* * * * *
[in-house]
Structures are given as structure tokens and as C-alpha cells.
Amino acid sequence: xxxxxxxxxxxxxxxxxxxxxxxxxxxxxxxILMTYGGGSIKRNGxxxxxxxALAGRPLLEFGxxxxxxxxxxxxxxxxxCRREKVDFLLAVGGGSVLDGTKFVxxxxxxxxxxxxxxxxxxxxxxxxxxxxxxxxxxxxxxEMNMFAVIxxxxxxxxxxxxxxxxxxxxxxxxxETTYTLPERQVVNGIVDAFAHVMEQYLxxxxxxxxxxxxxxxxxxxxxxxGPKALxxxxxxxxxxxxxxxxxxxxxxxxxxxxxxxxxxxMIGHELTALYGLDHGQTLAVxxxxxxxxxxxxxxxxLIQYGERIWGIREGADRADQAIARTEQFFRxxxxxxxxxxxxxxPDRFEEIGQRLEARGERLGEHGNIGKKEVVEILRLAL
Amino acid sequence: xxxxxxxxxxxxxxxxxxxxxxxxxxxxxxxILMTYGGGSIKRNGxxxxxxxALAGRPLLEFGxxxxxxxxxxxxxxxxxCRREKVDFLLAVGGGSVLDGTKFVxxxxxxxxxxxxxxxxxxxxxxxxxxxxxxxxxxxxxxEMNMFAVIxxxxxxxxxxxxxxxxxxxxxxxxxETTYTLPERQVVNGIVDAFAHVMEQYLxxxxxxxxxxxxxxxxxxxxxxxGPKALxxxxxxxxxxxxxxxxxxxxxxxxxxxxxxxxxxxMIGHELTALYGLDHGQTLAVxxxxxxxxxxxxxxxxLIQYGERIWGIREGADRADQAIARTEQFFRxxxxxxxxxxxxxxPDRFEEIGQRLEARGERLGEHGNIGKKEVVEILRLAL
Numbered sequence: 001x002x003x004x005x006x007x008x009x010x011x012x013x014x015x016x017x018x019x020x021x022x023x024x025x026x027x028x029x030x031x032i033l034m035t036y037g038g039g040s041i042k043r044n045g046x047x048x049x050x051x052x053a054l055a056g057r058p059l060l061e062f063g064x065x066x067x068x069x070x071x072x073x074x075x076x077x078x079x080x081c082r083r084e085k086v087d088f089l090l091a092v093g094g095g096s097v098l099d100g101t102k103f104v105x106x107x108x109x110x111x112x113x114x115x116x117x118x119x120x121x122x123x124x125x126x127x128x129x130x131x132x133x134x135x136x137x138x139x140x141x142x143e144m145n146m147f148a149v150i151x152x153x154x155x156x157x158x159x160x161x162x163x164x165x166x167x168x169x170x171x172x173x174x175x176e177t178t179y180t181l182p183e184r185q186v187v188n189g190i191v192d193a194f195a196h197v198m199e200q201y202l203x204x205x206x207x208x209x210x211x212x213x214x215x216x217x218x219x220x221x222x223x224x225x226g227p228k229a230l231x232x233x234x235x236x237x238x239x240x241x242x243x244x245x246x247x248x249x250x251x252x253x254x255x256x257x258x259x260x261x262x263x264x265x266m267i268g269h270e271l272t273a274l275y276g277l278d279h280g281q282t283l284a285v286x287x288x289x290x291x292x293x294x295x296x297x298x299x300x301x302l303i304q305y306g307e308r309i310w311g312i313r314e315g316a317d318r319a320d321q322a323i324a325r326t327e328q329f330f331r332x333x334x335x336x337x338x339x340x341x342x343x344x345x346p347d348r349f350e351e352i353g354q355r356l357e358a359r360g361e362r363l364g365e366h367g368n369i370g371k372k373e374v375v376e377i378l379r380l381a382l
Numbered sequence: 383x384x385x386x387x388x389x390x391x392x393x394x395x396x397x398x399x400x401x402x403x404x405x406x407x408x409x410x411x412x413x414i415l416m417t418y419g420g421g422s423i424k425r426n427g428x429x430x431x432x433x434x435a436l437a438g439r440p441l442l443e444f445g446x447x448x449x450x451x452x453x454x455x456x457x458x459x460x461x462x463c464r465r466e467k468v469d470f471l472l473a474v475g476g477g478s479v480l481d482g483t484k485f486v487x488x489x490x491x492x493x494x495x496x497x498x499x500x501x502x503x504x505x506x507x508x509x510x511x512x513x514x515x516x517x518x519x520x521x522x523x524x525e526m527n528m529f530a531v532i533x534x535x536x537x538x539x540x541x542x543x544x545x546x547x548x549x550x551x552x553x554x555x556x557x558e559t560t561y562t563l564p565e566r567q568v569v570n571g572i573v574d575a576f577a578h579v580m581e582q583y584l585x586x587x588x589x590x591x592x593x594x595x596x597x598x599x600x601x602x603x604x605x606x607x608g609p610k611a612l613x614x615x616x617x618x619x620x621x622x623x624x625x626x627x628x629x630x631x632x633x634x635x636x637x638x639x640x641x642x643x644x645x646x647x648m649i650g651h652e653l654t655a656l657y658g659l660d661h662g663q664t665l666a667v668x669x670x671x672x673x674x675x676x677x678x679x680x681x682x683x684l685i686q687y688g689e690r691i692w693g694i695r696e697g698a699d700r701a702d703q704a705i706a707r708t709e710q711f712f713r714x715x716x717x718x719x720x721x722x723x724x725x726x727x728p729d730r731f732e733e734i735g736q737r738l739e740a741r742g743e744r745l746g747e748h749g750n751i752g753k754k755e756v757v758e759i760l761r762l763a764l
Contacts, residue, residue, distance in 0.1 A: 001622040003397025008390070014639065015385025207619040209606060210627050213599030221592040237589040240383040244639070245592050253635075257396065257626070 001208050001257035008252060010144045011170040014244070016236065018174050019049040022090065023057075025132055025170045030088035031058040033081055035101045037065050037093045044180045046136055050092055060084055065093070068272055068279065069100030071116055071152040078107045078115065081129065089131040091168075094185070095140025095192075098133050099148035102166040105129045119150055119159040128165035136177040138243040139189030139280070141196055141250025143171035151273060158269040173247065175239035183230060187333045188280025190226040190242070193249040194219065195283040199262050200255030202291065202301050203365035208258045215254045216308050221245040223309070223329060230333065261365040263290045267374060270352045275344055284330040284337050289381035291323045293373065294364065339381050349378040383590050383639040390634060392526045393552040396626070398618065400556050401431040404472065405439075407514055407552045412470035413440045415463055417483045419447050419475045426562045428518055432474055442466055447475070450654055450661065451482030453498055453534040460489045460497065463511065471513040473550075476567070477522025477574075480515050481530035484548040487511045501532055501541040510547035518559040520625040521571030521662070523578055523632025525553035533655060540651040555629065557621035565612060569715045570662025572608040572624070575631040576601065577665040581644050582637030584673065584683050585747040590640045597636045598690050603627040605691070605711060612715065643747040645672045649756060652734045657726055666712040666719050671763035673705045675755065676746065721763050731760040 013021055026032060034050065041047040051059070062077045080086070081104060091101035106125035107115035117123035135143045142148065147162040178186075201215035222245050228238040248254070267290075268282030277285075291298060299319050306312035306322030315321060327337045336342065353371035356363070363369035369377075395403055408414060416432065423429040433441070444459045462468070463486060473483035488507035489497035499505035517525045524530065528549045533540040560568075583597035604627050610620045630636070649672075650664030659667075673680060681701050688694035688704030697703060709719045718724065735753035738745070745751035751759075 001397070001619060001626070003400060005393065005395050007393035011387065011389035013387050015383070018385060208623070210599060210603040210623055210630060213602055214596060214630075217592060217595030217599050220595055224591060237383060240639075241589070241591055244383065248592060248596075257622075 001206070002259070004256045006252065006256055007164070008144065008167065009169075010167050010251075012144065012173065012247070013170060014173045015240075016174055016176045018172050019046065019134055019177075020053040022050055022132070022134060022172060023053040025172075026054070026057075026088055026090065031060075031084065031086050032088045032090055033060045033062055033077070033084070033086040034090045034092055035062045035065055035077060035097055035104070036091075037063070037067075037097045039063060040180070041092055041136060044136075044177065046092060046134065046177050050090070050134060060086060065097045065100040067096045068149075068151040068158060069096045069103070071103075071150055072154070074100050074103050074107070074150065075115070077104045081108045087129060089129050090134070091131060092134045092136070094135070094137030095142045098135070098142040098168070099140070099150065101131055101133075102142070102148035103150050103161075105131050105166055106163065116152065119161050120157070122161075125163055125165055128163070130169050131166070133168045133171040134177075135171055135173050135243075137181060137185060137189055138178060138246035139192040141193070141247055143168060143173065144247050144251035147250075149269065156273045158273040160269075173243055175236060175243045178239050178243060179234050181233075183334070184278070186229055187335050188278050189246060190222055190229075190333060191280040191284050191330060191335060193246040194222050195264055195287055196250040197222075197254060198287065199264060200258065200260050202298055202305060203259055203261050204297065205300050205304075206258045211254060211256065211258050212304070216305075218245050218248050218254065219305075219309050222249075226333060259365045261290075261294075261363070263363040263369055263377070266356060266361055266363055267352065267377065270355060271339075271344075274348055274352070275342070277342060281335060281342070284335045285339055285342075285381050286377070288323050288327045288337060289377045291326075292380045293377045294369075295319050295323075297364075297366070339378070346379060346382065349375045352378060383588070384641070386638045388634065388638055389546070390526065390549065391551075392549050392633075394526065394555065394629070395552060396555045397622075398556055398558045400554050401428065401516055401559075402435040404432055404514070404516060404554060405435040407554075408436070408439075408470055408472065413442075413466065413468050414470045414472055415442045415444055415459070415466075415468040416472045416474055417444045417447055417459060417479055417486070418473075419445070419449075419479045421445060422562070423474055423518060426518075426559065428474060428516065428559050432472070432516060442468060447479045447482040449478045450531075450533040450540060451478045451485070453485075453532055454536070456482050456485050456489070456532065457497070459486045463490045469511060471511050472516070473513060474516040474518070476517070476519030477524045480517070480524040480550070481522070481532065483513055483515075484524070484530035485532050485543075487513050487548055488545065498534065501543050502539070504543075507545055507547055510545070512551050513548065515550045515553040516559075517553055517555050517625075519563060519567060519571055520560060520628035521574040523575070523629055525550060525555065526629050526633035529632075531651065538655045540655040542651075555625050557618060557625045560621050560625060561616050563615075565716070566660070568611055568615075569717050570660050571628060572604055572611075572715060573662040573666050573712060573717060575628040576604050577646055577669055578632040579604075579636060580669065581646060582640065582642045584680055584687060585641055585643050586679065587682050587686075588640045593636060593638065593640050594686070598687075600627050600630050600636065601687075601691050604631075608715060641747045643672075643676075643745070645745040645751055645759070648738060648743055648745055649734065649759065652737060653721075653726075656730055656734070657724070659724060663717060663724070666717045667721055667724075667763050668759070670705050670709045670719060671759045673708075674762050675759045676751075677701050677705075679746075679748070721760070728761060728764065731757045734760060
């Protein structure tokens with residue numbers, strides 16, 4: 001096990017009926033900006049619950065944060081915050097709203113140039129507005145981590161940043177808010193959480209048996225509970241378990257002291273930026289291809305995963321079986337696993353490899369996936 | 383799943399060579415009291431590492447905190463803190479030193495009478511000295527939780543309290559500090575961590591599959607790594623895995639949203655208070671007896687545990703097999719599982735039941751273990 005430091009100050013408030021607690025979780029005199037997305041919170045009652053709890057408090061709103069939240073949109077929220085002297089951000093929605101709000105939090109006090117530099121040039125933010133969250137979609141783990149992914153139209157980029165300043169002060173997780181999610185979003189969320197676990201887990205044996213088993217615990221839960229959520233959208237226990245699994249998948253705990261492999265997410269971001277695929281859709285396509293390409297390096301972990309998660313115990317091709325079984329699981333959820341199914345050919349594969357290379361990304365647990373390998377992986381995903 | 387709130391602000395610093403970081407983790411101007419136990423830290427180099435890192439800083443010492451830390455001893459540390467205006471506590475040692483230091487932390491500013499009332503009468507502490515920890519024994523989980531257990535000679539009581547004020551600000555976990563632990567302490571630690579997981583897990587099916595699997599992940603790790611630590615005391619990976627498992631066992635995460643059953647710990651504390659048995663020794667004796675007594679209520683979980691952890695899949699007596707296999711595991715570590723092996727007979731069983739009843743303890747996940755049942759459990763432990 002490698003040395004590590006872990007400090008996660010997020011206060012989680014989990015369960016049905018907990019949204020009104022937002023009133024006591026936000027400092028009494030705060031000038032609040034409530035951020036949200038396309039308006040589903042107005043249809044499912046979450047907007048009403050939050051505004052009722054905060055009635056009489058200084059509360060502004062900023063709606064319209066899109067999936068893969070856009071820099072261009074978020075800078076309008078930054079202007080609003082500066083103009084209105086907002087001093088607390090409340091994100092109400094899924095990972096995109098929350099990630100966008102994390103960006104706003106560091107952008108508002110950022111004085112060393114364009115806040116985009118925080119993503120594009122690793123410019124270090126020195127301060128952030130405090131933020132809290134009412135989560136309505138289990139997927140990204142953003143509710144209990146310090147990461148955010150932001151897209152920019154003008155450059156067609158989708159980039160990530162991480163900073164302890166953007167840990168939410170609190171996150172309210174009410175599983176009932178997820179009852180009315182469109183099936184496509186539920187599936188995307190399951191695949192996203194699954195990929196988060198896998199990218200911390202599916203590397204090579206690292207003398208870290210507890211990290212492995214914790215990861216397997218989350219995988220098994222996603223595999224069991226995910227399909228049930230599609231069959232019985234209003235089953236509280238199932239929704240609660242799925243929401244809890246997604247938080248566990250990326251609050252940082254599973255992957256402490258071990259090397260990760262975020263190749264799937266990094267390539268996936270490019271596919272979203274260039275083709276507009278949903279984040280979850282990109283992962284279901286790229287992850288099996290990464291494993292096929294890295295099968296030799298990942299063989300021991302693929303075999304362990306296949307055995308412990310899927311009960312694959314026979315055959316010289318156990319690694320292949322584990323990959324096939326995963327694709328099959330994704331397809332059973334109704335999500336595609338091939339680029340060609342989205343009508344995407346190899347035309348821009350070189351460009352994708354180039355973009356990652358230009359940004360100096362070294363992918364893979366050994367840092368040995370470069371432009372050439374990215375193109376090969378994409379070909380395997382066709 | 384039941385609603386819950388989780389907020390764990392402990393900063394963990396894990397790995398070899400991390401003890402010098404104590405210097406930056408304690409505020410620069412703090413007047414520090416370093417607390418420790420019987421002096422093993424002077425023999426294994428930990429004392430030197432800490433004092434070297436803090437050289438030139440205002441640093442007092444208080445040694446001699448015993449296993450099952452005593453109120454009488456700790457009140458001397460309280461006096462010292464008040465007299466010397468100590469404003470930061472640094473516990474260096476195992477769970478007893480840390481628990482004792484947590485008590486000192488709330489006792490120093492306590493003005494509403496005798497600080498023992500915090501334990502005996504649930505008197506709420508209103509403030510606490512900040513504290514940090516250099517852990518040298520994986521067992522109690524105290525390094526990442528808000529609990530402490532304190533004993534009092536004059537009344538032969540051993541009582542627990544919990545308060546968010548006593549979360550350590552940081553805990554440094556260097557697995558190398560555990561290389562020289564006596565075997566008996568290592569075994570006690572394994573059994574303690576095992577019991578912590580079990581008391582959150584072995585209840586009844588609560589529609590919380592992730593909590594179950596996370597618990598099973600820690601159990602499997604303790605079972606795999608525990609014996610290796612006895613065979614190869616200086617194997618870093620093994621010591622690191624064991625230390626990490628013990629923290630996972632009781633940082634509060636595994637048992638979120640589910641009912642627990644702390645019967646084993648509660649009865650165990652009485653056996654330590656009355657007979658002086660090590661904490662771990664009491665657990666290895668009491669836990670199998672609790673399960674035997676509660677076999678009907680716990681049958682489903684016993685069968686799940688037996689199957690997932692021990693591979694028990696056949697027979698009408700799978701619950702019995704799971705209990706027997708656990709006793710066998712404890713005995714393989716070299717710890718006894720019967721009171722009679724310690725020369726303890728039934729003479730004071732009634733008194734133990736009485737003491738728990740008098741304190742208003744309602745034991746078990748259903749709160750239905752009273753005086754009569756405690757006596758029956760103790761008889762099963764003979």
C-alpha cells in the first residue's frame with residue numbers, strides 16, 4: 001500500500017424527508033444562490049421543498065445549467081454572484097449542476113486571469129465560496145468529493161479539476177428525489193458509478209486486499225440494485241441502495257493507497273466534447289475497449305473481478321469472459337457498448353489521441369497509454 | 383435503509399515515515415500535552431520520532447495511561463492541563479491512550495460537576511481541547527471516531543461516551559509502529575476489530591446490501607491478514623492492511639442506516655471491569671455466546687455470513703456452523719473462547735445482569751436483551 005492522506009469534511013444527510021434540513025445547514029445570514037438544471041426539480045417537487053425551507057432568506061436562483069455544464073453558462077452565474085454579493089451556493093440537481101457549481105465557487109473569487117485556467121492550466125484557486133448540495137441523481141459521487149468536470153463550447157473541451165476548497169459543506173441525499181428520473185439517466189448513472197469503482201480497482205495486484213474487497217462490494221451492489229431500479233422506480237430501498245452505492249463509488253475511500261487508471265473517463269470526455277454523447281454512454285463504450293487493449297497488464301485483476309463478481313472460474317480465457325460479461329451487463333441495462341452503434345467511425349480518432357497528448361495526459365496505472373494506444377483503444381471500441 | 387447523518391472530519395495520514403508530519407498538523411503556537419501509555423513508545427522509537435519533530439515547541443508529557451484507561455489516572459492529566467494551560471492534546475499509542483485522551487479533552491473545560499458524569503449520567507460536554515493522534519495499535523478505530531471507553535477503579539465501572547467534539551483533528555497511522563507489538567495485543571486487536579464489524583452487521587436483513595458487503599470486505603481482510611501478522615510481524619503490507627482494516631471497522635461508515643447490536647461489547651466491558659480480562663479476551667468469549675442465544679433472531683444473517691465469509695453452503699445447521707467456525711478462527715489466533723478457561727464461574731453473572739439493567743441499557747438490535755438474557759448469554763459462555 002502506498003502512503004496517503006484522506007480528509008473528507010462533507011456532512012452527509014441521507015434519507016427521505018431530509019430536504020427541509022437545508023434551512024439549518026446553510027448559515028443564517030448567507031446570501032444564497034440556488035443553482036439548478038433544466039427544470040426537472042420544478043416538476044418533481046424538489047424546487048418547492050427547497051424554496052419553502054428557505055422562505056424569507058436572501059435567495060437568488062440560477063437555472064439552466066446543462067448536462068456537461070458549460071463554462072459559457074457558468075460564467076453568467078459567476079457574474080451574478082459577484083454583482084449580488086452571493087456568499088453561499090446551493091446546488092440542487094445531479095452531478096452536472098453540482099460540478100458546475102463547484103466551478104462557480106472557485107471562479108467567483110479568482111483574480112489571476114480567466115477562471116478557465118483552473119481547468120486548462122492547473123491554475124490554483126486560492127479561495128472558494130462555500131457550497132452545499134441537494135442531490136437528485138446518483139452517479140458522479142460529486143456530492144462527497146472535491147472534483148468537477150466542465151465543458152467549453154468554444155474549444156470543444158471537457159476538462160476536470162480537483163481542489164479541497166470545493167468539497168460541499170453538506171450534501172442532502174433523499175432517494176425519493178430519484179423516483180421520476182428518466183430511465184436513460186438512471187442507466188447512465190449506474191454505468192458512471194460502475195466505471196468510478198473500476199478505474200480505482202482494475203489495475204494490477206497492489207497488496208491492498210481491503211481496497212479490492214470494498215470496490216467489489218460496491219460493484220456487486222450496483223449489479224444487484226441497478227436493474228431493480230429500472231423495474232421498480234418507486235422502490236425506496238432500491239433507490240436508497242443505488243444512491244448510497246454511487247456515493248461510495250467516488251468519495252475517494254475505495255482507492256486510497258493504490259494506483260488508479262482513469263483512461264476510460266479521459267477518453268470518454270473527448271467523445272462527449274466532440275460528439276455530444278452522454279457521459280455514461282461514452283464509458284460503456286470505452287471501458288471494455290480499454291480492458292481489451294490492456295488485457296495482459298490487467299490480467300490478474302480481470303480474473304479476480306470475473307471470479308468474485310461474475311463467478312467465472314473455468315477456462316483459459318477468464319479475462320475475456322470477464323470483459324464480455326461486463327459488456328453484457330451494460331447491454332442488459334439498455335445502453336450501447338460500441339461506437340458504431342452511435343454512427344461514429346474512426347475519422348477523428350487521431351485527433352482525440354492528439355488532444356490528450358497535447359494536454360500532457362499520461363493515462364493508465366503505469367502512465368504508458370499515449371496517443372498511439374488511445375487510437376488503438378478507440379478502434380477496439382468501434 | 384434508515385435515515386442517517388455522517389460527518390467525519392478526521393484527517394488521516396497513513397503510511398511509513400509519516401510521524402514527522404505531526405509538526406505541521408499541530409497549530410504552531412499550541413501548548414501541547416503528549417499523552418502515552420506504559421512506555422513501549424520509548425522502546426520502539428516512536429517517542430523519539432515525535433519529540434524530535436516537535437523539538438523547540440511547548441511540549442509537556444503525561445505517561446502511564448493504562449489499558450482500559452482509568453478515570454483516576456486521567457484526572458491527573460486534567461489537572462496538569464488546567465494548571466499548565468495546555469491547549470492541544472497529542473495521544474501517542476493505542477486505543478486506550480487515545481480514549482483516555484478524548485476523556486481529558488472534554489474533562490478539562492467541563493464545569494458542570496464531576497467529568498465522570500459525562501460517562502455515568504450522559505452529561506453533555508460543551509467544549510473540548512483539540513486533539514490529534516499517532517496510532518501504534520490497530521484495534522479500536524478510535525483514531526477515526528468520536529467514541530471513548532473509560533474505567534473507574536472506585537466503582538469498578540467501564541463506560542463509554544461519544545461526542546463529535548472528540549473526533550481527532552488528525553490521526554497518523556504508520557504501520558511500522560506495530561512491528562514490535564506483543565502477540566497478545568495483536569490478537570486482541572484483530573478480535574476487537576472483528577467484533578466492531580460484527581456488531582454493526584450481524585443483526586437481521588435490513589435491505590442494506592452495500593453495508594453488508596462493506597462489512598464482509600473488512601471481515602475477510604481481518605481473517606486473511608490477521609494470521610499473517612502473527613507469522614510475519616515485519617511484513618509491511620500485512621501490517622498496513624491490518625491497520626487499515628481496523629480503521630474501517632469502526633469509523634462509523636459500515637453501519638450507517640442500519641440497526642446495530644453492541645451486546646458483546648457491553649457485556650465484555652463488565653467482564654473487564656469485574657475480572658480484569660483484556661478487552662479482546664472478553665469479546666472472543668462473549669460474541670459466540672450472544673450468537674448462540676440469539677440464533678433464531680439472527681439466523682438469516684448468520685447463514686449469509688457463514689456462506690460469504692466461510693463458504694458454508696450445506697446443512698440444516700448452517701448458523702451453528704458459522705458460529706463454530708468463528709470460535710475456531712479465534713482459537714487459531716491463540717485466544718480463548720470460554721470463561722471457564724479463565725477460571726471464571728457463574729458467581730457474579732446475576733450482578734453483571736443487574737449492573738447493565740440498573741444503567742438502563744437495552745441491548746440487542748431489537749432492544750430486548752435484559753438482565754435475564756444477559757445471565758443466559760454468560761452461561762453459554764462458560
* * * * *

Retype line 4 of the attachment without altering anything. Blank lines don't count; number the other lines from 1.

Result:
Amino acid sequence: xxxxxxxxxxxxxxxxxxxxxxxxxxxxxxxILMTYGGGSIKRNGxxxxxxxALAGRPLLEFGxxxxxxxxxxxxxxxxxCRREKVDFLLAVGGGSVLDGTKFVxxxxxxxxxxxxxxxxxxxxxxxxxxxxxxxxxxxxxxEMNMFAVIxxxxxxxxxxxxxxxxxxxxxxxxxETTYTLPERQVVNGIVDAFAHVMEQYLxxxxxxxxxxxxxxxxxxxxxxxGPKALxxxxxxxxxxxxxxxxxxxxxxxxxxxxxxxxxxxMIGHELTALYGLDHGQTLAVxxxxxxxxxxxxxxxxLIQYGERIWGIREGADRADQAIARTEQFFRxxxxxxxxxxxxxxPDRFEEIGQRLEARGERLGEHGNIGKKEVVEILRLAL